Comparing Durum Wheat Pasta to another artisan Italian pasta widely available in the US during a comparative tasting last week, one taster had comment, which I want to share with you today: “you can really see the wheat”, she said.

I always put a standard pasta next to Durum Wheat Pasta pasta when doing tastings and in store demos, just because the texture looks different, the color is richer – the pasta looks more alive to me. But I never came up with these simple words. Yes, you can see the wheat!

So today, as Carlo and his staff are shelling this year’s grain harvest (which by the way was great in quality but not really satisfactory in quantity due to the heavy rains in early spring and the dessert like temperatures in summer. Side note: it amazes me how what is celebrated as the perfect climate by one crop farmer can be deadly for the other. In this case, the weather conditions were absolutely perfect for the vines, a notion not shared by Carlo and fellow grain farmers…), let me talk pasta.

Carlo’s pasta is made with a richer form of flour, the so called “semolato”, rather than the “semolina” which is the typical white flour. To explain the difference, let me remind you the composition of a grain kernel (from the outside to the inside)

- the protective skin is called the husk (or hull)
- then comes a layer of bran, which mainly contains fibers
- next is the endosperm, divided into two layers, of which the outer one contains proteins, fats, minerals, vitamins and enzymes. The inner part of the endosperm (which is ca. 80-85% of the kernel) is composed of starch and gluten, a protein.
- protected by all these layers is the germ, the living cell of the kernel, and it contains antioxidants, vitamins E and B, minerals and proteins.

The classic white flour (“semolina”) is milled to separate the inner layer of the endosperm from all the other components, using only 60-64% of the actual kernel and loosing many of the positive properties of bran and germ in the process.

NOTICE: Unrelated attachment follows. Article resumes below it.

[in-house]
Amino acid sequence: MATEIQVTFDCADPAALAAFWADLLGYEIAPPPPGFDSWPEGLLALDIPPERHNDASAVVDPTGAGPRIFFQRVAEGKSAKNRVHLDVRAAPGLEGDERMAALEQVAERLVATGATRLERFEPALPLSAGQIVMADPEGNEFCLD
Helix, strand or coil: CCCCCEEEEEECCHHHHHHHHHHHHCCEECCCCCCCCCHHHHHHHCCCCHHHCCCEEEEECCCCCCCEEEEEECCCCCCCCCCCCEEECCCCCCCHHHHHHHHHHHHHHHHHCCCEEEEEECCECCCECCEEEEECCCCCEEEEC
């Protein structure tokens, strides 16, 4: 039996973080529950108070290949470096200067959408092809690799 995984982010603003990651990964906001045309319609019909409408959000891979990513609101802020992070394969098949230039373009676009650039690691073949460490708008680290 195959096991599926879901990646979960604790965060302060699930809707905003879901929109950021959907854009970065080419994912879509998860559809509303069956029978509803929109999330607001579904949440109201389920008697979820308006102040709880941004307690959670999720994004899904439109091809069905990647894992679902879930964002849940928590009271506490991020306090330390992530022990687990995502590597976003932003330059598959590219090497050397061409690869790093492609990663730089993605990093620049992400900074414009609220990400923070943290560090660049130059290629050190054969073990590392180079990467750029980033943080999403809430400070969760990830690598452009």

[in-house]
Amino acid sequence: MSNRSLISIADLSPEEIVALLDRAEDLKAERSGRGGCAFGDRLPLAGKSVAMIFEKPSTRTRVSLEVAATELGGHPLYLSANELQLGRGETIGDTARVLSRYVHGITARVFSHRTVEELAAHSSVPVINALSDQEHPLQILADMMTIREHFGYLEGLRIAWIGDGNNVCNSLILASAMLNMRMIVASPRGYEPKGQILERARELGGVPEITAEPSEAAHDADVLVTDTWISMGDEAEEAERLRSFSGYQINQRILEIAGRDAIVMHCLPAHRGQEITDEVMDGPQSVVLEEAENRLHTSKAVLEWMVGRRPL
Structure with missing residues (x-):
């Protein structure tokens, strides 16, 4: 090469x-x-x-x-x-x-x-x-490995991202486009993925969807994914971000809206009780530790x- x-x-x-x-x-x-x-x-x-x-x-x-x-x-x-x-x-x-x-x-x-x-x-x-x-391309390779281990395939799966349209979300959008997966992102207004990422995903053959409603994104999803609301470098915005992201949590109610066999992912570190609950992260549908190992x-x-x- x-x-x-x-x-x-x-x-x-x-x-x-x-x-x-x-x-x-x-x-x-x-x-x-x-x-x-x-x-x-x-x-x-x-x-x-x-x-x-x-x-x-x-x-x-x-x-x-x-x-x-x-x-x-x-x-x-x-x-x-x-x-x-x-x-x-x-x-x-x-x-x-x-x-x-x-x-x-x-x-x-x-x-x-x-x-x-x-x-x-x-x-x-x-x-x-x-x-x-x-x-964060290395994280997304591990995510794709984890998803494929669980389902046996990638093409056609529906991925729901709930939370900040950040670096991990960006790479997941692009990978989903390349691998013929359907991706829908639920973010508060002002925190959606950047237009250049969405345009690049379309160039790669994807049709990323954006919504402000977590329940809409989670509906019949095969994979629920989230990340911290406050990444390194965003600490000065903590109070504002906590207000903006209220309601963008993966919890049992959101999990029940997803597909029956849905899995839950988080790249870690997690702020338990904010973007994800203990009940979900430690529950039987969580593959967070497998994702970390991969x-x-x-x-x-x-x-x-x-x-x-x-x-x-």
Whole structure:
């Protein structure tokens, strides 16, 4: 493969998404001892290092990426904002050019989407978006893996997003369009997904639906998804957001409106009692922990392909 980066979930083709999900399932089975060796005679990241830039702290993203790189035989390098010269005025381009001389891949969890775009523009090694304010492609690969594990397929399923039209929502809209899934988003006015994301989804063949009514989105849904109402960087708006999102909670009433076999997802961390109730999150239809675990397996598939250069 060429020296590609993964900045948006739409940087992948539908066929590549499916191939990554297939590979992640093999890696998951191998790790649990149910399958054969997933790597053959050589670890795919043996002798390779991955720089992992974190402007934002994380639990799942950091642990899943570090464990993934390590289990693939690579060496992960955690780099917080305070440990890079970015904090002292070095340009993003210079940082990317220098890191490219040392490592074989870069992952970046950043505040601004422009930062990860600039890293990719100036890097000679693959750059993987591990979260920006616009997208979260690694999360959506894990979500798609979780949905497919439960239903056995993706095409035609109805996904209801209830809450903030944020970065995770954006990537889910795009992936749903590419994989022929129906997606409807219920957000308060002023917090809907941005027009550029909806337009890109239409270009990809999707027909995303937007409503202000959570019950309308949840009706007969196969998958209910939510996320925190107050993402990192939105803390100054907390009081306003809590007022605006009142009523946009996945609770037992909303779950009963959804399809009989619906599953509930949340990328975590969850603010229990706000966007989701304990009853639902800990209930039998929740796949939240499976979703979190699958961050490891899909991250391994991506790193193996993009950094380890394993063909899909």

The semolato Carlo uses for his pasta is the result of stone-milling the grain and significant amounts of the bran, the germ and the outer layers of the endosperm.

The results are more complex taste profile of the pasta, which is easier to digest, contains more nutrients and shows off the wheat in the pasta itself! It is NOT a whole wheat pasta though, because it does not contain ALL the kernel. Speaking among us, we use the term “semi-integrale”, which could be translated into “partly whole wheat”. In any case wholesome, especially as Carlo follows strict organic agricultural procedures on his farm and also respects organic regulations during the actual production of the pasta: it is dried at low temperatures in order to maintain the proteins, vitamins and amino acids, which are heat sensitive.

Having said all that, how about a nice plate of pasta with porcini mushrooms, while they are still in season (for four people)

1 box of Scrumptious Pantry Durum Wheat Pasta Farfalle
½ stick butter
Scrumptious Pantry 100% Mission Extra Virgin Olive Oil
2 garlic cloves
2 cups sliced porcini mushrooms (make sure the gills are white and not yellowish-greenish, which is an indicator that they are old!)